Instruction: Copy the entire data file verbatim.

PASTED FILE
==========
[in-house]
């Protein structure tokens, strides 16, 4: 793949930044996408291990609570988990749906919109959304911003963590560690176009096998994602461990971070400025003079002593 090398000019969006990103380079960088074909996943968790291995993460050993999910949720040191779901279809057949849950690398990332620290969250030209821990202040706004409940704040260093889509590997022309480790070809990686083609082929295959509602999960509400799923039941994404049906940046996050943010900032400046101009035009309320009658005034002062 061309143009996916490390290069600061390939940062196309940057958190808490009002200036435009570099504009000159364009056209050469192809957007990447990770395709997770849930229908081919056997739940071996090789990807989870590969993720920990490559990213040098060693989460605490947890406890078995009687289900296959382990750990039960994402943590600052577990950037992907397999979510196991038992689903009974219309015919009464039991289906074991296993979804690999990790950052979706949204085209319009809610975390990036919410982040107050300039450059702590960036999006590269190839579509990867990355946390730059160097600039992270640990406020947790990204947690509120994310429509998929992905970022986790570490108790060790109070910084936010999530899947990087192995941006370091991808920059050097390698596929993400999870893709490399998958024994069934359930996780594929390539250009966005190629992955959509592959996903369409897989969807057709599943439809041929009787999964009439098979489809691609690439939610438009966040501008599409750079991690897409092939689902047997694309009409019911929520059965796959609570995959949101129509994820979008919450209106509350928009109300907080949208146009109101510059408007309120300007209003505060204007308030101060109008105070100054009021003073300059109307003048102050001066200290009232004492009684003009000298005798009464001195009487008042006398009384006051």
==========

[in-house]
């Protein structure tokens, strides 16, 4: 793949930044996408291990609570988990749906919109959304911003963590560690176009096998994602461990971070400025003079002593 090398000019969006990103380079960088074909996943968790291995993460050993999910949720040191779901279809057949849950690398990332620290969250030209821990202040706004409940704040260093889509590997022309480790070809990686083609082929295959509602999960509400799923039941994404049906940046996050943010900032400046101009035009309320009658005034002062 061309143009996916490390290069600061390939940062196309940057958190808490009002200036435009570099504009000159364009056209050469192809957007990447990770395709997770849930229908081919056997739940071996090789990807989870590969993720920990490559990213040098060693989460605490947890406890078995009687289900296959382990750990039960994402943590600052577990950037992907397999979510196991038992689903009974219309015919009464039991289906074991296993979804690999990790950052979706949204085209319009809610975390990036919410982040107050300039450059702590960036999006590269190839579509990867990355946390730059160097600039992270640990406020947790990204947690509120994310429509998929992905970022986790570490108790060790109070910084936010999530899947990087192995941006370091991808920059050097390698596929993400999870893709490399998958024994069934359930996780594929390539250009966005190629992955959509592959996903369409897989969807057709599943439809041929009787999964009439098979489809691609690439939610438009966040501008599409750079991690897409092939689902047997694309009409019911929520059965796959609570995959949101129509994820979008919450209106509350928009109300907080949208146009109101510059408007309120300007209003505060204007308030101060109008105070100054009021003073300059109307003048102050001066200290009232004492009684003009000298005798009464001195009487008042006398009384006051």